In the world’s eldest industrial city I came across two entertaining pieces of retail sales craft. Or not.
Searching out a party drink, I perused first a boutique wine shop. The sole staffer at Connolly’s informed me they were quite the Burgundy specialist. Which seemed all rather convenient, as I was after a light and easy red of that ilk.
Upon recommending a particular bottle, he thrust it into my hands. I recognised the trick approvingly.
Whenever you have a physical product, to get the prospect nursing it in their palm is always a winner. I suspect psychology suggests it removes a significant barrier. One early notice of this came many years ago when observing people manning those temporary stands at motorway services. They invariably pass their potential client their credit, phone or car breakdown card.
I wondered the extent to which he was conscious of this tactic. So I tested him. I tried to pass it back. He was having one of it. He swiftly moved to another option. So I put it down. In the wrong place. He swooped so smoothly it was the helpless fieldmouse to his elegant barn owl.
This is tricky to replicate in b2b circles, granted. What with our long buying cycles and often intangible wares. Yet there’s plenty in trying to get the prospect comfortable ‘holding’ our goods.
A cheeky pinot later, I landed in the town’s only whisky store. I also had something in mind here, this time even more specific. I was greeted at the door, so asked straight away. “Have you Stranahan’s?”
Any fan of House Of Lies will know that if it’s good enough for Marty Kaan, it’s good enough for me. And Stranahan appears his choice of house whisky. I do love my single malts. And for quaffing there’s the trusted Jameson triple distilled blend. But I’m open to trying the new. Even if it is from Colorado. And was curious to buy …if only typing #stranahans could miracle me a sample my way…!
The shopkeeper was audibly incredulous. “Never heard of it.”
“Well, it is American” I ventured.
“We’re a Scottish specialist. The American is over there.”
He pointed to a shelf. As if his nose was being pulled by a puppeteer’s string from the ceiling. And that was that.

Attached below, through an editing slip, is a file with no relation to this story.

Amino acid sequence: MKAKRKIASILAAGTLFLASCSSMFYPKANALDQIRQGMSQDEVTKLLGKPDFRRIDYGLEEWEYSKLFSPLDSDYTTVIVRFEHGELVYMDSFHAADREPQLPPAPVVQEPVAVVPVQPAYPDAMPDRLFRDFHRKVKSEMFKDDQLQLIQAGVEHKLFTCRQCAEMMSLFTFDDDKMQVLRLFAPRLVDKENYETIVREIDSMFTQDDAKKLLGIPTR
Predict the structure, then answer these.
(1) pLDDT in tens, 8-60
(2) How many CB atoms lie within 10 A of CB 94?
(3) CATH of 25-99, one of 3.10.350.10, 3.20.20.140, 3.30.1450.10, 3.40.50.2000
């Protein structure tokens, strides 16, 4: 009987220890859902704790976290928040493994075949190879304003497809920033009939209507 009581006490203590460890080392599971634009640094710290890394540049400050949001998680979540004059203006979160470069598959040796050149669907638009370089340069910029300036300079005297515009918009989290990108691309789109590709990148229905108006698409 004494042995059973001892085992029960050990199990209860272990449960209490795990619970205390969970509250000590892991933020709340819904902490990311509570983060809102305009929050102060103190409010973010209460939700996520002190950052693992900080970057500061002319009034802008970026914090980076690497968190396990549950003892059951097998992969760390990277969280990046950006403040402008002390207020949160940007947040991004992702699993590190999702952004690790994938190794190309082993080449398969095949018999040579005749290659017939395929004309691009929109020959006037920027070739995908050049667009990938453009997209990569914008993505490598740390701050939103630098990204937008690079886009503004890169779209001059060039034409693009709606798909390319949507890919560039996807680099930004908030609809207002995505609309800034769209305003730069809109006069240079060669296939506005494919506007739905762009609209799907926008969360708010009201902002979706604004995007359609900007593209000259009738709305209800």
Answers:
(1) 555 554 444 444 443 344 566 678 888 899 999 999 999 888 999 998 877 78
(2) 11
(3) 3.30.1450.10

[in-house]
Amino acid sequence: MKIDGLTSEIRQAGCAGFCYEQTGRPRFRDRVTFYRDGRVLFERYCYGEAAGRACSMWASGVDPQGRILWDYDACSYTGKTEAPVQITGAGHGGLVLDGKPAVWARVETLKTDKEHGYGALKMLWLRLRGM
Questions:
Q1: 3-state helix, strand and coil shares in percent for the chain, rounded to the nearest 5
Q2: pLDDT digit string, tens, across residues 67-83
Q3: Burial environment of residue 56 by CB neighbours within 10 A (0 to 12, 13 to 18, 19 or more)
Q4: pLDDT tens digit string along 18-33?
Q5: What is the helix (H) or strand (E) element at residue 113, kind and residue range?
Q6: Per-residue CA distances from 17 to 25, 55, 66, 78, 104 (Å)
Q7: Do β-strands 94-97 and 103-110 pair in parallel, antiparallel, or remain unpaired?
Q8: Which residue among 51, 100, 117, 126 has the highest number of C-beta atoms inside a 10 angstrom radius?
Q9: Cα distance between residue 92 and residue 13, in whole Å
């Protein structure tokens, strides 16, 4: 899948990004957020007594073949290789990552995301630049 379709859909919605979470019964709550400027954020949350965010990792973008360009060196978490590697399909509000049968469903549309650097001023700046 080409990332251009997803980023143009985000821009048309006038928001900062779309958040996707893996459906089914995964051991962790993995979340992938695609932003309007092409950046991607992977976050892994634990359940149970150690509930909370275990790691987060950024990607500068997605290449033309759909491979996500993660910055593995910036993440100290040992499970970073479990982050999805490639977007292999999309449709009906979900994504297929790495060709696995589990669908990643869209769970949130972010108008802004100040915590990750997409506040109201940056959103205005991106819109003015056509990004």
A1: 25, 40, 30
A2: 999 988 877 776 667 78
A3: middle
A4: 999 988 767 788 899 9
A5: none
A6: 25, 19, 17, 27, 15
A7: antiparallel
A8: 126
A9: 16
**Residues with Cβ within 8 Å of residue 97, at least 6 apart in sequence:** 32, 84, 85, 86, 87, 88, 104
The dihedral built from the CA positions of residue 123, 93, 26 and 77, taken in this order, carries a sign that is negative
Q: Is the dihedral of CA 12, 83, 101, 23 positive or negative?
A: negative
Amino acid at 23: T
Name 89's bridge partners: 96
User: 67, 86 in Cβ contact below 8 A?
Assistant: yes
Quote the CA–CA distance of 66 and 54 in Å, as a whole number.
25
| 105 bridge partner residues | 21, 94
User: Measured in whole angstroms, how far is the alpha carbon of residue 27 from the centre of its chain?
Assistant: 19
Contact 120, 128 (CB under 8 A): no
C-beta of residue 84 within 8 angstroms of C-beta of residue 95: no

Wow. How to lose a sale. Not just today. But every tomorrow too.
Just imagine the potential glorious conversation that could have followed even just a tiny inquisitive movement from the server.
Instead, he has nothing. No knowledge. No goodwill. And certainly No customer.
He probably chuckled mockingly to the other punter in the shop after I departed.
I left frustratingly mulling over several forms of words he should have rather uttered.
This second interaction has more obvious transmission into our b2b world.
When you’re asked about something new to you, do not be dismissive.
Be curious. Investigate. Show interest. Expand your horizons. You never know where it might lead.
How you come across that? What’s the story there? Sounds interesting, tell me more…
I seethed at how just one bottle of Stranahan’s could provide so many conversation starters for that misguided vendor. How he might miss one whisky reference from current popular culture is perhaps understandable. Just. But when I stopped to think of all the other such references that quickly came to mind, I was livid. I could see the shelf label it in front of me. “Hollywood Whisky”.
I also knew of the Macallan preference of James Bond thanks to Skyfall. And I once caught David McCullum, who plays pathologist ‘Ducky’ Mallard on long-running US crime filler NCIS, with his pristine lab desk proudly sporting a cheeky bottle of 12-year old Laphroaig no less.
A simple surf quickly threw all sorts of opportunities this way. Like Glenlivet as gulped by Dudley Moore’s Arthur. And that 007 also enjoys Suntory and Talisker. (There’s even a site called boozemovies…)
What a wasted chance. Don’t miss yours.